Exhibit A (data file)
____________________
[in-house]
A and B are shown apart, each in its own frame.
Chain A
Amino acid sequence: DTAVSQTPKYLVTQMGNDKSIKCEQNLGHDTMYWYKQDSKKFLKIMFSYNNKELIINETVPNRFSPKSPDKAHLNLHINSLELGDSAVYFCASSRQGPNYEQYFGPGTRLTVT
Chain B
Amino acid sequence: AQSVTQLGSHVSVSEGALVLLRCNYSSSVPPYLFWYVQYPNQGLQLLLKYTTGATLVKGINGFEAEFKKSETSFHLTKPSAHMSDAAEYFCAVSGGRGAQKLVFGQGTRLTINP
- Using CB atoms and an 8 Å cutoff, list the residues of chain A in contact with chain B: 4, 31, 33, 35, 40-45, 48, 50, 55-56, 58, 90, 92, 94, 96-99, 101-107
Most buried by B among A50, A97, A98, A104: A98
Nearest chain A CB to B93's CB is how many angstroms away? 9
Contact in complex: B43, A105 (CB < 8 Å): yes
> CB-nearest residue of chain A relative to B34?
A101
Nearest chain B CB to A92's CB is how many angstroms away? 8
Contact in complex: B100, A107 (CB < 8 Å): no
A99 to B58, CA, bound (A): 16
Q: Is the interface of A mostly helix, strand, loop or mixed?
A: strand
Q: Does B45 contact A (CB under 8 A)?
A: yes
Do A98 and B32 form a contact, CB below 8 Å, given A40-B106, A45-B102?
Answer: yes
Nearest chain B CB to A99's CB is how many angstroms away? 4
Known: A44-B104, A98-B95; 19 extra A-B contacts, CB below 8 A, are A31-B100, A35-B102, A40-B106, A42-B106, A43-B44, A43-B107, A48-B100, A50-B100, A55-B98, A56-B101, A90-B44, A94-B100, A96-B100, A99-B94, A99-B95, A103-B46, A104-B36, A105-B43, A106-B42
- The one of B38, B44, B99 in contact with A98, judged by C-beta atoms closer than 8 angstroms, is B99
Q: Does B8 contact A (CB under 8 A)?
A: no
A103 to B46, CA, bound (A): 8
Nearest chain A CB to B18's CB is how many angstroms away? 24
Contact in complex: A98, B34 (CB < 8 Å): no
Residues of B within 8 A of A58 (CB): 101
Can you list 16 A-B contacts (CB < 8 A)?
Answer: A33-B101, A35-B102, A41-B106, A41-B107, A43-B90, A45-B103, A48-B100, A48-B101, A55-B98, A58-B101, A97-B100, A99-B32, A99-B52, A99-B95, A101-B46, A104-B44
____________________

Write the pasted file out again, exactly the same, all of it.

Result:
[in-house]
A and B are shown apart, each in its own frame.
Chain A
Amino acid sequence: DTAVSQTPKYLVTQMGNDKSIKCEQNLGHDTMYWYKQDSKKFLKIMFSYNNKELIINETVPNRFSPKSPDKAHLNLHINSLELGDSAVYFCASSRQGPNYEQYFGPGTRLTVT
Chain B
Amino acid sequence: AQSVTQLGSHVSVSEGALVLLRCNYSSSVPPYLFWYVQYPNQGLQLLLKYTTGATLVKGINGFEAEFKKSETSFHLTKPSAHMSDAAEYFCAVSGGRGAQKLVFGQGTRLTINP
- Using CB atoms and an 8 Å cutoff, list the residues of chain A in contact with chain B: 4, 31, 33, 35, 40-45, 48, 50, 55-56, 58, 90, 92, 94, 96-99, 101-107
Most buried by B among A50, A97, A98, A104: A98
Nearest chain A CB to B93's CB is how many angstroms away? 9
Contact in complex: B43, A105 (CB < 8 Å): yes
> CB-nearest residue of chain A relative to B34?
A101
Nearest chain B CB to A92's CB is how many angstroms away? 8
Contact in complex: B100, A107 (CB < 8 Å): no
A99 to B58, CA, bound (A): 16
Q: Is the interface of A mostly helix, strand, loop or mixed?
A: strand
Q: Does B45 contact A (CB under 8 A)?
A: yes
Do A98 and B32 form a contact, CB below 8 Å, given A40-B106, A45-B102?
Answer: yes
Nearest chain B CB to A99's CB is how many angstroms away? 4
Known: A44-B104, A98-B95; 19 extra A-B contacts, CB below 8 A, are A31-B100, A35-B102, A40-B106, A42-B106, A43-B44, A43-B107, A48-B100, A50-B100, A55-B98, A56-B101, A90-B44, A94-B100, A96-B100, A99-B94, A99-B95, A103-B46, A104-B36, A105-B43, A106-B42
- The one of B38, B44, B99 in contact with A98, judged by C-beta atoms closer than 8 angstroms, is B99
Q: Does B8 contact A (CB under 8 A)?
A: no
A103 to B46, CA, bound (A): 8
Nearest chain A CB to B18's CB is how many angstroms away? 24
Contact in complex: A98, B34 (CB < 8 Å): no
Residues of B within 8 A of A58 (CB): 101
Can you list 16 A-B contacts (CB < 8 A)?
Answer: A33-B101, A35-B102, A41-B106, A41-B107, A43-B90, A45-B103, A48-B100, A48-B101, A55-B98, A58-B101, A97-B100, A99-B32, A99-B52, A99-B95, A101-B46, A104-B44